AbstractsPolitical Science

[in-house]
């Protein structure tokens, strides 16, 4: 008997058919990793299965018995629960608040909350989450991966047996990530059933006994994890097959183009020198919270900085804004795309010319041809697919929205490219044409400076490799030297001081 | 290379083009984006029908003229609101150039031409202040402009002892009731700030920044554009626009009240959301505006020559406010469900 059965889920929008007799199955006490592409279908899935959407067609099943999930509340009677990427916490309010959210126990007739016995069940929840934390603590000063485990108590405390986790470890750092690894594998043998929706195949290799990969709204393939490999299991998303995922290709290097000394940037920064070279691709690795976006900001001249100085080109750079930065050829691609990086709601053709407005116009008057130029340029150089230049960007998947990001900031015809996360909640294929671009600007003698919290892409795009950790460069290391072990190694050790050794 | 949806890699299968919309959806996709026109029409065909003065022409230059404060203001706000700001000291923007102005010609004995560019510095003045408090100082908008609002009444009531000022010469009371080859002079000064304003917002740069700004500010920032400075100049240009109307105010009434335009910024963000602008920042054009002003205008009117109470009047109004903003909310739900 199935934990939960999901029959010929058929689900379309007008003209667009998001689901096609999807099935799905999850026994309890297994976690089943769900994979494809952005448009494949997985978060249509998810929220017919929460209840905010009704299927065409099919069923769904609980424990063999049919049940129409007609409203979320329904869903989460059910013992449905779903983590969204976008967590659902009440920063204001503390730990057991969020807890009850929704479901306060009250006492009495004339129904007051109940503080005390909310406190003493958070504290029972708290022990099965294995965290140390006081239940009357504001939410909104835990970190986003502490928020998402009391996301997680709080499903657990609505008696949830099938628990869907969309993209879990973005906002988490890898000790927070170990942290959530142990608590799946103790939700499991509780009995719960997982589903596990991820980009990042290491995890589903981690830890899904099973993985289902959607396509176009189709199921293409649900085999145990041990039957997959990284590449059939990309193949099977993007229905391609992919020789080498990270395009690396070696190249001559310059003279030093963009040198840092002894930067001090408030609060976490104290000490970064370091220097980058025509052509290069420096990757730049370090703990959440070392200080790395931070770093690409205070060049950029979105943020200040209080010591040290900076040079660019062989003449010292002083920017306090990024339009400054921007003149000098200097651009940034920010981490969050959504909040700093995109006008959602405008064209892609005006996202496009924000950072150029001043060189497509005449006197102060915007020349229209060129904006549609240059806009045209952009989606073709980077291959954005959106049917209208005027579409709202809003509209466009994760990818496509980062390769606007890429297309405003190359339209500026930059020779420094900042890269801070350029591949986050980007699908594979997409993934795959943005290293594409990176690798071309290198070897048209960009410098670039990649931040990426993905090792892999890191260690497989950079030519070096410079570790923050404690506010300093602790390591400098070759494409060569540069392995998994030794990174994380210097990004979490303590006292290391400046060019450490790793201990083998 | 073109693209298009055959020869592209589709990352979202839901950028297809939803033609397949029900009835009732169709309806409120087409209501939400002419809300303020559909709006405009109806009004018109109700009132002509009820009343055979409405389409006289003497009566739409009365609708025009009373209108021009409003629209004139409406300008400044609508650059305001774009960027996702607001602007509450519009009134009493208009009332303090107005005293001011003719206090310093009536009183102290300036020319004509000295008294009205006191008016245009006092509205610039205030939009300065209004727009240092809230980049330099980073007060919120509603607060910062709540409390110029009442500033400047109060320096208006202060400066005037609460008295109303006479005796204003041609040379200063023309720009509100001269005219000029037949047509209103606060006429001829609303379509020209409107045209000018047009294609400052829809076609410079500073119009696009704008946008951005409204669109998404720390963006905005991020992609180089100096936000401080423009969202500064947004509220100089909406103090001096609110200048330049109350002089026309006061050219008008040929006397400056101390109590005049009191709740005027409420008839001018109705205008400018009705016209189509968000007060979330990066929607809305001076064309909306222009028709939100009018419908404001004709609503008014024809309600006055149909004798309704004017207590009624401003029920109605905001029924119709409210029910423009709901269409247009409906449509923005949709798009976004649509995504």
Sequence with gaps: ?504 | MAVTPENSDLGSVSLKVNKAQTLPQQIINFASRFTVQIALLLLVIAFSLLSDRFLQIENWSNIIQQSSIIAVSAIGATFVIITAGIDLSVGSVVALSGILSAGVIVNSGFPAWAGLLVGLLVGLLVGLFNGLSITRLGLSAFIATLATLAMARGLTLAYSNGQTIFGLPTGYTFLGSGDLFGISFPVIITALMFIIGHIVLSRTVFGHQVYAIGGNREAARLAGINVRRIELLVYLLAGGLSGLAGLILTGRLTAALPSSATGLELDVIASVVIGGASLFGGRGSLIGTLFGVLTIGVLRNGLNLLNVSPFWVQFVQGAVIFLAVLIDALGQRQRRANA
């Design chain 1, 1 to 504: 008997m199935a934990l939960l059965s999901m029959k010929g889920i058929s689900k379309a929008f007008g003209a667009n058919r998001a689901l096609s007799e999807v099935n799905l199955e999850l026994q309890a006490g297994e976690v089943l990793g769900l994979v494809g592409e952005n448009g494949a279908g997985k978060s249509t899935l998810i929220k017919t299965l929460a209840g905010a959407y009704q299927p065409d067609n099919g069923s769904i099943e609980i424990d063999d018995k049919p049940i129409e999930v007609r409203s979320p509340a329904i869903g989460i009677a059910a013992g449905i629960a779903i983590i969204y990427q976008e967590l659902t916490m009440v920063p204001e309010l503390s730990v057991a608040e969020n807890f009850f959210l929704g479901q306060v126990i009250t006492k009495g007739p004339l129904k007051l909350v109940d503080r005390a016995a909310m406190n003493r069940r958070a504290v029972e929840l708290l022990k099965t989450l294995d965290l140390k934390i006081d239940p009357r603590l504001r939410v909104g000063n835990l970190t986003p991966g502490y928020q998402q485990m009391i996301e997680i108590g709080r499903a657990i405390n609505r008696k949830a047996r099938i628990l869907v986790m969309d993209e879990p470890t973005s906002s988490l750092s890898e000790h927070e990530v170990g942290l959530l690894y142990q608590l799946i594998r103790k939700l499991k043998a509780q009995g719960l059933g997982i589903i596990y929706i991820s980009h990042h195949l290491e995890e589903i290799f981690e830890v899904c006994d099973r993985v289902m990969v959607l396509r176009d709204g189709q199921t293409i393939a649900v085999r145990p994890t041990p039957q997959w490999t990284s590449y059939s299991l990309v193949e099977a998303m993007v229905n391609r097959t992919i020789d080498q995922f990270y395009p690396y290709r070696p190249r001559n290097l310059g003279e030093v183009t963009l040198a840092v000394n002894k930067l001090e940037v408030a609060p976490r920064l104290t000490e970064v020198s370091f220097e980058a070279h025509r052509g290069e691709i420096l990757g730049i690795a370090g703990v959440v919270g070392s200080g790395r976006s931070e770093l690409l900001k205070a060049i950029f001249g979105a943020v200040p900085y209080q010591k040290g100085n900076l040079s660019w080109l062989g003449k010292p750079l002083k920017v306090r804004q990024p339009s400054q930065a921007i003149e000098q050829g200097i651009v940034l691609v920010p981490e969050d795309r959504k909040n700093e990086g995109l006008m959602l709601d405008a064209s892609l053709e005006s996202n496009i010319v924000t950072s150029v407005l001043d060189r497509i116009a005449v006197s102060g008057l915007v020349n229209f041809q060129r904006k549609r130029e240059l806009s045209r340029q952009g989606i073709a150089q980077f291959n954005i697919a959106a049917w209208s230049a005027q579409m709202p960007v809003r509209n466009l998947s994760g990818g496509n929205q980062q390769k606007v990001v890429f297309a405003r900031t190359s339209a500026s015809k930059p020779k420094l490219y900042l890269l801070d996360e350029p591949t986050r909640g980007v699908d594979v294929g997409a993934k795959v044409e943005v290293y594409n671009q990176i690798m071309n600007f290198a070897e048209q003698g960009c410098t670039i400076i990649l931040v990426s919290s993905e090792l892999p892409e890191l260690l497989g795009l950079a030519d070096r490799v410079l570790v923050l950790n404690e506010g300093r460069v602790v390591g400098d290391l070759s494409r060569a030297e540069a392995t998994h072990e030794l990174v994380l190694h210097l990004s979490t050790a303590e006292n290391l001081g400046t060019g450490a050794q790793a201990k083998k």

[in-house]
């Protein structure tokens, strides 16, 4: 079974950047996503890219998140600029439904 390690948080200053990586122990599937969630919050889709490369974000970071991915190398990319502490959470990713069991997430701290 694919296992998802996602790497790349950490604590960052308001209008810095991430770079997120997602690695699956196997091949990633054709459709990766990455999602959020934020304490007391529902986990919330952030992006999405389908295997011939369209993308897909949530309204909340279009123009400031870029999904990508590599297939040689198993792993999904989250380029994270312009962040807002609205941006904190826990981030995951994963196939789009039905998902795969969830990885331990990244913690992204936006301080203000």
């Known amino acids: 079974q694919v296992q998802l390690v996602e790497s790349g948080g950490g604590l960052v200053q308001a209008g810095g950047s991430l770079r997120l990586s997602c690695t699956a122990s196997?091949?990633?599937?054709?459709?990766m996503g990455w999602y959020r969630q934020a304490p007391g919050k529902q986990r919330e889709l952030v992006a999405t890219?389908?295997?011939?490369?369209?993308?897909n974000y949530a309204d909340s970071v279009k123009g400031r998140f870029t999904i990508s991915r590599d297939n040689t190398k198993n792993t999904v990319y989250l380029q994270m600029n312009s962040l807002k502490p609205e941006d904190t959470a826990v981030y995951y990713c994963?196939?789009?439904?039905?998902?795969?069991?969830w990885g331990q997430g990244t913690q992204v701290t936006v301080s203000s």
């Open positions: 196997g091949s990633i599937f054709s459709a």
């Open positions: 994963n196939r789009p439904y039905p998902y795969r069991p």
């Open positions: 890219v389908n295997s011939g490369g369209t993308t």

Over the past twenty years Norwegian security has not been threatened and large parts of Europe are inherently stable. Norway is a small power in a big world. Membership in NATO is a cornerstone of Norwegian security policy. Norway has, since 1999, deliberately moved to develop domestic capabilities to improve the ability to participate in international operations. Development of an operational doctrine focused on mobility and responsiveness form a core in the current Norwegian force structure. In addition transformation of the NIS and expansion of NORSOF are seen as credible commitments towards NATO. This thesis assesses the extent of Norwegian dependence on NATO, indirectly questions why and how Norway depends on NATO. The second element of the inquiry evaluates the consequences of this dependence through the action of Norwegian policymakers. The inquest is approached through internal and external measures, herein NATO. Through focus on two threat scenarios –day-to-day and worst-case –the thesis answers the underlying questions through a focus on: the domestic arms industry; the service branches of the Armed Forces; joint capabilities; and external NATO elements. The use of a two-pronged approach to the threat environment through the extreme opposites in a threat continuum, as seen above, enable assessment of Norwegian dependence whilst assessing the impact on resource dispositions. The thesis finds that Norway is dependent on NATO for security provision, but manages under the day-to-day scenario through domestic measures. Under the alternate scenario Norway likely withstand for a short- to medium-term before needing allied assistance. The Armed Forces have transformed, increasing quality through improved mobility, responsiveness, interoperability and niche capabilities over the past decade. Changes in the Norwegian Armed Forces, threat environment, and NATO over the past decade impel policy makers to re-evaluate Norwegian commitments. Through niche capabilities and a comprehensive high-north strategy policymakers attempt to address this imbalance. To facilitate the inquests a neo-realistic framework is applied in a single case multiple-N case study in the effort to understand the role of a small state in interstate relations. In this environment states compete, sometimes escalating to armed conflict, making the security provisions of this small state of interest. Combining internal and external measures to security with its associated costs and benefits provide insight towards understanding inter-state games.